Defending Champs China Advance at World Cup of Pool

Defending Champs China Advance at World Cup of Pool

But ’07 Runners Up Finland Go Out

The billiard team from China advanced to the second round of play at the World Cup of Pool in Rotterdam, Holland.

The billiard team from China advanced to the second round of play at the World Cup of Pool in Rotterdam, Holland.

Defending PartyPoker.net World Cup of Pool Champions China survived an early scare to advance into the last 16 at the Outland Nightclub in Rotterdam following an 8-6 win over India.

Represented by Li He-wen and Challenge of Champions winner Fu Jianbo, it looked an easy task against versatile cueman Alok Kumar and the inexperienced Summit Talwar.

Talwar, who was making his World Cup debut, gave it too much on his break shot as the cue ball flew off the table to give China ball-in-hand.

However, a missed green six from Fu helped the Indians to a 1-0 lead, which then became 2-0 when Fu again failed to pot an effort, this time on the 2-ball.

But the Indians were having problems with their break and a dry break in the third brought the Chinese team to the table. They finished off that rack and then won the next for a 2-2 scoreline.

They shared the next four racks for 4-4 before a 7-9 combination from Fu in the fifth restored the Chinese lead. India pulled it back to 5-5 and then China won the 11th but another dry break, the fourth in 12 racks, kept things alive.

A two-rail escape on a snooker from Li He-wen was unsuccessful and he was then unlucky to scratch on another shot at the 2-ball.

India clinched that rack but China moved to the hill by sealing the 13th. The winner’s break format meant China were shooting for the match.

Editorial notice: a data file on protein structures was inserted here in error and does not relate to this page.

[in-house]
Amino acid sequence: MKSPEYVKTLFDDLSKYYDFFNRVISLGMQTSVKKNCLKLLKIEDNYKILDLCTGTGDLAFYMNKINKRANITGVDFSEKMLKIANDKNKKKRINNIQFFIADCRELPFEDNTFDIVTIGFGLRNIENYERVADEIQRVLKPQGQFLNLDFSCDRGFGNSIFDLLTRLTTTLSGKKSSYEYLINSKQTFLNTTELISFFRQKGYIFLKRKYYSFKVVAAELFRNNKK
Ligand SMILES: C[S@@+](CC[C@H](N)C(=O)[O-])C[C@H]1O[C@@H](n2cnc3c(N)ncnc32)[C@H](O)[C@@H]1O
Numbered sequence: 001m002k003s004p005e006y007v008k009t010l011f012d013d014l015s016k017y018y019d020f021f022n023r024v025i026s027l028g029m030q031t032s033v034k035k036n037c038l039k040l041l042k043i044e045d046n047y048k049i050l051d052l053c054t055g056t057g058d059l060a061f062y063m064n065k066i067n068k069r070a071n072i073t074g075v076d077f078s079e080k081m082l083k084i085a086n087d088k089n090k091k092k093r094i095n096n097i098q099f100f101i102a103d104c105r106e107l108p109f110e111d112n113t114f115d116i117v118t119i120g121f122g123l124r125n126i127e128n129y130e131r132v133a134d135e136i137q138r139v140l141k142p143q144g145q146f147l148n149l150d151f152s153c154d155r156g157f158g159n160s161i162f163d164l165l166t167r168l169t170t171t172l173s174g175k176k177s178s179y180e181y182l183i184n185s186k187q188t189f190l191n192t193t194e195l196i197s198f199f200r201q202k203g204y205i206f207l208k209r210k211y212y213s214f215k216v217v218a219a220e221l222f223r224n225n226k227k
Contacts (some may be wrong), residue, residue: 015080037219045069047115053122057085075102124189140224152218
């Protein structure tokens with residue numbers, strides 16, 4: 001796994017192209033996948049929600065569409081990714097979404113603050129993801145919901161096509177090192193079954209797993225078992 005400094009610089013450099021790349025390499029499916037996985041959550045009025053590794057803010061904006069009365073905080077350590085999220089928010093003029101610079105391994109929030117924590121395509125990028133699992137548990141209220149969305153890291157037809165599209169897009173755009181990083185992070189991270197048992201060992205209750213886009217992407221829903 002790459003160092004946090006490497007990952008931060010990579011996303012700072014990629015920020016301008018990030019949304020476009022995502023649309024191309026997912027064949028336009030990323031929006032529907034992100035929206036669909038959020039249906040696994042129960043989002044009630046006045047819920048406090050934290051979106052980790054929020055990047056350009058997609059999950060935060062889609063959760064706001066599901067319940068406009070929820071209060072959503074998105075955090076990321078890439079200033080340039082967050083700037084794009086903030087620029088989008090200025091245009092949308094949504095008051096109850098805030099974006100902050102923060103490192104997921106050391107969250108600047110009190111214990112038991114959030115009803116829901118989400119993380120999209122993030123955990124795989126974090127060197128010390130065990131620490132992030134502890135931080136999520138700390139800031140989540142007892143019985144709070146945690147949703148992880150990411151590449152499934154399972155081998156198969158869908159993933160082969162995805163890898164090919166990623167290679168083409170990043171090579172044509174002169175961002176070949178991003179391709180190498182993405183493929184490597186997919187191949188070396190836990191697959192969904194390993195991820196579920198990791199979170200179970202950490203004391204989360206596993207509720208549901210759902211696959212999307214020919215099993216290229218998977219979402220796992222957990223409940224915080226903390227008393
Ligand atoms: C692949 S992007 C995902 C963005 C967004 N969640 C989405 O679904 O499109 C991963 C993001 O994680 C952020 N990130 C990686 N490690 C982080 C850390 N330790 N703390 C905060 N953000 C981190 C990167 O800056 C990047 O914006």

The 1-ball was deposited on the break, the two soon followed and a 3-9 combination from Li He-wen was enough to move holders through to the last 16 where they will meet the Swiss pair of Marco Tschudi and Dimitri Jungo.

The pairing from Switzerland overcame Hong Kong’s Lee Chenman and Kenny Kwok in a mistake-filled match.

Switzerland won the lag and Dimitri Jungo nearly secured the first golden break of the tournament. However, no balls fell to gift Hong Kong a golden opportunity. Kenny Kwok downed the 1-ball but Lee Chenman, who was part of the Hong Kong side that reached the quarter-finals in 2006, missed a simple looking 2-9 combination.

Switzerland made no errors with a similar shot for an early lead. However, in a nervous opening from both sides, a Swiss mistake brought Hong Kong to the table in the second and it was 1-1.

In an error-strewn start, an ambitious effort at the brown seven from Kwok missed its target and Tschudi then made it 2-1 to Switzerland.

Switzerland took the fourth for 3-1 but Tschudi left the 8-ball on in the next and Hong Kong pulled one back for 3-2.

But a 4-9 combination from Jungo restored the two-rack advantage before Chenman scratched to give Switzerland ball-in-hand and within minutes it was now 5-2.

Hong Kong won the next two and Kwok secured the first golden break of the tournament as the 9-ball went straight in from its spot.

The tenth went Switzerland’s way as did the 11th, courtesy of the best shot of the competition so far with a fine 3-9 billiard from Dimitri Jungo.

He then had an opportunity to win the match in the next but missed when trying to send the 9-ball into the top corner pocket. Kenny Kwok made it 5-7 but a poor break, which saw the cue ball crash into the pocket with the 9-ball hanging over another pocket, gifted the victory to Switzerland. Marco Tschudi completed the formality of the 1-9 combination.

In the final match of the afternoon session, Finland, who so nearly won this event last year, fell at the first hurdle as they went down 8-4 to the Korean duo of Jeong Young-hwa and Kim Woong-dae.

The Finnish pair of Markus Juva and Mika Immonen didn’t enjoy the best of fortune but some confident shot-making from their opponents told in the end.

Finland, the eighth seeds, had been pre-match favourites but at one stage trailed 4-0 and then 5-1. Despite a fight back that saw the score move to 5-4, the Koreans were too good on the day to secure an 8-4 win, with victory coming courtesy of a golden break.

China 8 – 6 India

Switzerland 8 – 5 Hong Kong

Korea 8 – 4 Finland

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